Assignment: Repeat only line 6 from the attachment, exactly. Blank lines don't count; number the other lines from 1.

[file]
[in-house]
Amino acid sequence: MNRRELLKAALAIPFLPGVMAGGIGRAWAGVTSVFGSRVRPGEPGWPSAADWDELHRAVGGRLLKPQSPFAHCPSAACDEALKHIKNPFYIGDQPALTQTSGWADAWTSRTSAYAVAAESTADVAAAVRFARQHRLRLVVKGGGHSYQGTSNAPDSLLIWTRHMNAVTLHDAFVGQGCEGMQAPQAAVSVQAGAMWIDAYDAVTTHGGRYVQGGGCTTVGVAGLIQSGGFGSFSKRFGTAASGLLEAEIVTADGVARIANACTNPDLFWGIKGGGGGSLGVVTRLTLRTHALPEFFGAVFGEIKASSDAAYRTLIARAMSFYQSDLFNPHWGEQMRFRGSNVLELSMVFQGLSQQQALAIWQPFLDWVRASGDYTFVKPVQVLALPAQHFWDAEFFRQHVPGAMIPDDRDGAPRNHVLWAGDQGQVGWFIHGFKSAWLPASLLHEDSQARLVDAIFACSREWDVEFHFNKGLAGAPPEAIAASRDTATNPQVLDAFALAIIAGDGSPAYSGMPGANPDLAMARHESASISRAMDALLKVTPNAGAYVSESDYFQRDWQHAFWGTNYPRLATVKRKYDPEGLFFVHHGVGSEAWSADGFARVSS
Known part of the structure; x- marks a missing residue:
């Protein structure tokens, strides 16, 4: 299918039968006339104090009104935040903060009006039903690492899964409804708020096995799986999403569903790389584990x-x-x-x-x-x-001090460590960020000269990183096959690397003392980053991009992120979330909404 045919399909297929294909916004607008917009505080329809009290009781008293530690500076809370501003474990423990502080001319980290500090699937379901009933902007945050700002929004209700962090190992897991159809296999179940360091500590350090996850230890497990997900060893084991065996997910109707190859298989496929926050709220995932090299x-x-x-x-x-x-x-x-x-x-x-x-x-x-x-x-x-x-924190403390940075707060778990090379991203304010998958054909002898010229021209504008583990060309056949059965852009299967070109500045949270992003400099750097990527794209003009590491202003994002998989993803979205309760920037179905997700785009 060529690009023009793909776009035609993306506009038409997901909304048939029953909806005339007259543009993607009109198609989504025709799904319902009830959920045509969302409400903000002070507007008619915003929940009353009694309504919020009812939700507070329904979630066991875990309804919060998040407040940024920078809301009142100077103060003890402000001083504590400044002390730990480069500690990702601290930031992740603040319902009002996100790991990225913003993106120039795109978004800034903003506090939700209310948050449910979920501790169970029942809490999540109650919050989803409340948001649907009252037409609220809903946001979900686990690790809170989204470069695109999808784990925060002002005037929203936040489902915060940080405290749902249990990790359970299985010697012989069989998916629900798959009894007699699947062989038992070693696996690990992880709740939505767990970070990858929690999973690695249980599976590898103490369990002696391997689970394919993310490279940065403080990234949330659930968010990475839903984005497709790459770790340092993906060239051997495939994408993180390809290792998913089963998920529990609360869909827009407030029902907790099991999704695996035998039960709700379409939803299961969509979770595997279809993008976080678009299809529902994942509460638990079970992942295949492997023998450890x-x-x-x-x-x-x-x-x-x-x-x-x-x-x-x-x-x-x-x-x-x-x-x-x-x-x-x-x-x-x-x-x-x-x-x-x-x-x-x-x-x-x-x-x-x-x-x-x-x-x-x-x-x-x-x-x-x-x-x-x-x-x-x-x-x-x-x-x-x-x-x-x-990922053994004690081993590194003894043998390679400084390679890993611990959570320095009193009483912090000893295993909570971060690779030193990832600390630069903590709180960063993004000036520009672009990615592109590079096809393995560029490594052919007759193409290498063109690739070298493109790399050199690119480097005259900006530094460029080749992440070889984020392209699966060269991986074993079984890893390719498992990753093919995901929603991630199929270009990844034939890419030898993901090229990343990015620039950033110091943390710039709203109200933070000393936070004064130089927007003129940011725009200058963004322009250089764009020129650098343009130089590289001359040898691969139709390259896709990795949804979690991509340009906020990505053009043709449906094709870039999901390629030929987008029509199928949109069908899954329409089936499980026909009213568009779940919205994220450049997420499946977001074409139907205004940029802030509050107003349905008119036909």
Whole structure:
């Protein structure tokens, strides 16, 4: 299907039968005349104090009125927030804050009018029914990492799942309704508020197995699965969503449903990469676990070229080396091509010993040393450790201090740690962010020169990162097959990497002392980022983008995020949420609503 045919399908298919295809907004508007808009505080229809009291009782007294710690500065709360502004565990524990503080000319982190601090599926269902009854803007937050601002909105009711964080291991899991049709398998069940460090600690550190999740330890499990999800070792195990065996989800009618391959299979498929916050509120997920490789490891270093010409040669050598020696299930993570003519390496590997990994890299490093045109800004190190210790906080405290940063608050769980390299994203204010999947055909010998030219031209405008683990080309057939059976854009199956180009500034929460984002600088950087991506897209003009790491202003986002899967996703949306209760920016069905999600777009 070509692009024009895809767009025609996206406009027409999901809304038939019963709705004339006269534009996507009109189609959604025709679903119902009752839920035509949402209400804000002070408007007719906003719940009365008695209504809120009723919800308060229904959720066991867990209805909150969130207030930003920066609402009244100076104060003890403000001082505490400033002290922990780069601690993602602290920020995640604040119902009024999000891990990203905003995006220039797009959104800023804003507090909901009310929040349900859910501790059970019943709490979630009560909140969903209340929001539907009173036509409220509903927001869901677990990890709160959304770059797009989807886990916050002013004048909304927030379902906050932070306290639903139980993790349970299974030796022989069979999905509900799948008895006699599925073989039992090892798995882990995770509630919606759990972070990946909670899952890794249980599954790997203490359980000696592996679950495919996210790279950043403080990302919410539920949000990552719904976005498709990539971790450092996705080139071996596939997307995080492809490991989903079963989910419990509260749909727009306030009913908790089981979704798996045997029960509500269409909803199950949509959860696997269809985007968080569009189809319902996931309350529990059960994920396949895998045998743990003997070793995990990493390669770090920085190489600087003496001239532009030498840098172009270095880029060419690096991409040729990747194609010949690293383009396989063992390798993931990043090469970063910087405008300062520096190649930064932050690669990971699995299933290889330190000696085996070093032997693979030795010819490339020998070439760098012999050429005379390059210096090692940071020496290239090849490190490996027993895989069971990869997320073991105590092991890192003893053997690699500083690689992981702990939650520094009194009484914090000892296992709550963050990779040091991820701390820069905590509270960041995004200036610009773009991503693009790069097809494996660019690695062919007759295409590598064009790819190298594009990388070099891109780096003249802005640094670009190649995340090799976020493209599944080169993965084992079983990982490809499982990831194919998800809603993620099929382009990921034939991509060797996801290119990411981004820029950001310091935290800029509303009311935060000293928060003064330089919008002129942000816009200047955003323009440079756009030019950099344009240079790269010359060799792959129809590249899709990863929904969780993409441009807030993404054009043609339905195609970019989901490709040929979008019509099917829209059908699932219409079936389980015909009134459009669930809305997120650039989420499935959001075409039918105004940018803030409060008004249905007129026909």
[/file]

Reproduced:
């Protein structure tokens, strides 16, 4: 299907039968005349104090009125927030804050009018029914990492799942309704508020197995699965969503449903990469676990070229080396091509010993040393450790201090740690962010020169990162097959990497002392980022983008995020949420609503 045919399908298919295809907004508007808009505080229809009291009782007294710690500065709360502004565990524990503080000319982190601090599926269902009854803007937050601002909105009711964080291991899991049709398998069940460090600690550190999740330890499990999800070792195990065996989800009618391959299979498929916050509120997920490789490891270093010409040669050598020696299930993570003519390496590997990994890299490093045109800004190190210790906080405290940063608050769980390299994203204010999947055909010998030219031209405008683990080309057939059976854009199956180009500034929460984002600088950087991506897209003009790491202003986002899967996703949306209760920016069905999600777009 070509692009024009895809767009025609996206406009027409999901809304038939019963709705004339006269534009996507009109189609959604025709679903119902009752839920035509949402209400804000002070408007007719906003719940009365008695209504809120009723919800308060229904959720066991867990209805909150969130207030930003920066609402009244100076104060003890403000001082505490400033002290922990780069601690993602602290920020995640604040119902009024999000891990990203905003995006220039797009959104800023804003507090909901009310929040349900859910501790059970019943709490979630009560909140969903209340929001539907009173036509409220509903927001869901677990990890709160959304770059797009989807886990916050002013004048909304927030379902906050932070306290639903139980993790349970299974030796022989069979999905509900799948008895006699599925073989039992090892798995882990995770509630919606759990972070990946909670899952890794249980599954790997203490359980000696592996679950495919996210790279950043403080990302919410539920949000990552719904976005498709990539971790450092996705080139071996596939997307995080492809490991989903079963989910419990509260749909727009306030009913908790089981979704798996045997029960509500269409909803199950949509959860696997269809985007968080569009189809319902996931309350529990059960994920396949895998045998743990003997070793995990990493390669770090920085190489600087003496001239532009030498840098172009270095880029060419690096991409040729990747194609010949690293383009396989063992390798993931990043090469970063910087405008300062520096190649930064932050690669990971699995299933290889330190000696085996070093032997693979030795010819490339020998070439760098012999050429005379390059210096090692940071020496290239090849490190490996027993895989069971990869997320073991105590092991890192003893053997690699500083690689992981702990939650520094009194009484914090000892296992709550963050990779040091991820701390820069905590509270960041995004200036610009773009991503693009790069097809494996660019690695062919007759295409590598064009790819190298594009990388070099891109780096003249802005640094670009190649995340090799976020493209599944080169993965084992079983990982490809499982990831194919998800809603993620099929382009990921034939991509060797996801290119990411981004820029950001310091935290800029509303009311935060000293928060003064330089919008002129942000816009200047955003323009440079756009030019950099344009240079790269010359060799792959129809590249899709990863929904969780993409441009807030993404054009043609339905195609970019989901490709040929979008019509099917829209059908699932219409079936389980015909009134459009669930809305997120650039989420499935959001075409039918105004940018803030409060008004249905007129026909």